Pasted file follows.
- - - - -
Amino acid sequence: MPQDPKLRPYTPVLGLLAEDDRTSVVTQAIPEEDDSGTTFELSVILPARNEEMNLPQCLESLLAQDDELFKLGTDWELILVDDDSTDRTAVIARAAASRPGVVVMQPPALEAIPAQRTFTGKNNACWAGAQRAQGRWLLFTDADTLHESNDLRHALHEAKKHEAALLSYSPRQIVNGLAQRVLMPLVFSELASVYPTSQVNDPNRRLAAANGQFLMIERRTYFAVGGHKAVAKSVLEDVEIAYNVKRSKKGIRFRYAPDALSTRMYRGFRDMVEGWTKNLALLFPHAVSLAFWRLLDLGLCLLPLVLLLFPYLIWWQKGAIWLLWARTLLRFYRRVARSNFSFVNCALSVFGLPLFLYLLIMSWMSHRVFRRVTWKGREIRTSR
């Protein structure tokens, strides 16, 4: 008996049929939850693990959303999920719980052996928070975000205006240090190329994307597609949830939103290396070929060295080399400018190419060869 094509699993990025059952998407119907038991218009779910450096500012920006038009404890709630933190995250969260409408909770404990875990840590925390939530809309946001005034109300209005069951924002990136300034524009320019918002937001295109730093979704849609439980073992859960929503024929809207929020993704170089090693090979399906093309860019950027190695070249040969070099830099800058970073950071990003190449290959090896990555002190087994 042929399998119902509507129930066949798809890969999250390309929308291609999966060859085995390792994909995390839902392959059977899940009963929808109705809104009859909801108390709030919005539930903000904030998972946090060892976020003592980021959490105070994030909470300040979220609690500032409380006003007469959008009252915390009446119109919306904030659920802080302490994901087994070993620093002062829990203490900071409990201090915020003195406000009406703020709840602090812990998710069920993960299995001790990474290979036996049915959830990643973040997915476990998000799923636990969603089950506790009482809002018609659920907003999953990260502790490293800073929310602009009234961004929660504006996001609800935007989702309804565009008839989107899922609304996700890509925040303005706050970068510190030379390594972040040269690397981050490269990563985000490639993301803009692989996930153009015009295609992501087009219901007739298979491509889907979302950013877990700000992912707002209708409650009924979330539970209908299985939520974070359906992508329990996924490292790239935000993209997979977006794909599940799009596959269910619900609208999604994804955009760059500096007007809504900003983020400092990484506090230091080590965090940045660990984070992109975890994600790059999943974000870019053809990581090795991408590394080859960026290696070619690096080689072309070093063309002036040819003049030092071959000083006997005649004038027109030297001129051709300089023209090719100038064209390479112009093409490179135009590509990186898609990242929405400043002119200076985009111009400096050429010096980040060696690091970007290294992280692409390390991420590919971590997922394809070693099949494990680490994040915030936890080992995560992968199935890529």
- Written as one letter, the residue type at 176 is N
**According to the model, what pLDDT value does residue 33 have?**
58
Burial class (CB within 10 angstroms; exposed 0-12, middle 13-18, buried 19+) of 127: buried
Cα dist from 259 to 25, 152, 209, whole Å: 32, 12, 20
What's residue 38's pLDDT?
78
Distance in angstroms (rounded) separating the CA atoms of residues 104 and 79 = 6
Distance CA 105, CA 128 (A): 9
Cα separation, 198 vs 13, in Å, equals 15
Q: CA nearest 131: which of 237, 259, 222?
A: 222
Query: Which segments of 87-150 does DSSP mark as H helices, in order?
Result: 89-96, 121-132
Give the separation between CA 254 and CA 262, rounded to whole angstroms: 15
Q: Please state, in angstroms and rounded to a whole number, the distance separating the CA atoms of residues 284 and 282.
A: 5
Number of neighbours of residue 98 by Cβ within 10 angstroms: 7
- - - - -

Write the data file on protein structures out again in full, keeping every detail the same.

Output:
Amino acid sequence: MPQDPKLRPYTPVLGLLAEDDRTSVVTQAIPEEDDSGTTFELSVILPARNEEMNLPQCLESLLAQDDELFKLGTDWELILVDDDSTDRTAVIARAAASRPGVVVMQPPALEAIPAQRTFTGKNNACWAGAQRAQGRWLLFTDADTLHESNDLRHALHEAKKHEAALLSYSPRQIVNGLAQRVLMPLVFSELASVYPTSQVNDPNRRLAAANGQFLMIERRTYFAVGGHKAVAKSVLEDVEIAYNVKRSKKGIRFRYAPDALSTRMYRGFRDMVEGWTKNLALLFPHAVSLAFWRLLDLGLCLLPLVLLLFPYLIWWQKGAIWLLWARTLLRFYRRVARSNFSFVNCALSVFGLPLFLYLLIMSWMSHRVFRRVTWKGREIRTSR
């Protein structure tokens, strides 16, 4: 008996049929939850693990959303999920719980052996928070975000205006240090190329994307597609949830939103290396070929060295080399400018190419060869 094509699993990025059952998407119907038991218009779910450096500012920006038009404890709630933190995250969260409408909770404990875990840590925390939530809309946001005034109300209005069951924002990136300034524009320019918002937001295109730093979704849609439980073992859960929503024929809207929020993704170089090693090979399906093309860019950027190695070249040969070099830099800058970073950071990003190449290959090896990555002190087994 042929399998119902509507129930066949798809890969999250390309929308291609999966060859085995390792994909995390839902392959059977899940009963929808109705809104009859909801108390709030919005539930903000904030998972946090060892976020003592980021959490105070994030909470300040979220609690500032409380006003007469959008009252915390009446119109919306904030659920802080302490994901087994070993620093002062829990203490900071409990201090915020003195406000009406703020709840602090812990998710069920993960299995001790990474290979036996049915959830990643973040997915476990998000799923636990969603089950506790009482809002018609659920907003999953990260502790490293800073929310602009009234961004929660504006996001609800935007989702309804565009008839989107899922609304996700890509925040303005706050970068510190030379390594972040040269690397981050490269990563985000490639993301803009692989996930153009015009295609992501087009219901007739298979491509889907979302950013877990700000992912707002209708409650009924979330539970209908299985939520974070359906992508329990996924490292790239935000993209997979977006794909599940799009596959269910619900609208999604994804955009760059500096007007809504900003983020400092990484506090230091080590965090940045660990984070992109975890994600790059999943974000870019053809990581090795991408590394080859960026290696070619690096080689072309070093063309002036040819003049030092071959000083006997005649004038027109030297001129051709300089023209090719100038064209390479112009093409490179135009590509990186898609990242929405400043002119200076985009111009400096050429010096980040060696690091970007290294992280692409390390991420590919971590997922394809070693099949494990680490994040915030936890080992995560992968199935890529």
- Written as one letter, the residue type at 176 is N
**According to the model, what pLDDT value does residue 33 have?**
58
Burial class (CB within 10 angstroms; exposed 0-12, middle 13-18, buried 19+) of 127: buried
Cα dist from 259 to 25, 152, 209, whole Å: 32, 12, 20
What's residue 38's pLDDT?
78
Distance in angstroms (rounded) separating the CA atoms of residues 104 and 79 = 6
Distance CA 105, CA 128 (A): 9
Cα separation, 198 vs 13, in Å, equals 15
Q: CA nearest 131: which of 237, 259, 222?
A: 222
Query: Which segments of 87-150 does DSSP mark as H helices, in order?
Result: 89-96, 121-132
Give the separation between CA 254 and CA 262, rounded to whole angstroms: 15
Q: Please state, in angstroms and rounded to a whole number, the distance separating the CA atoms of residues 284 and 282.
A: 5
Number of neighbours of residue 98 by Cβ within 10 angstroms: 7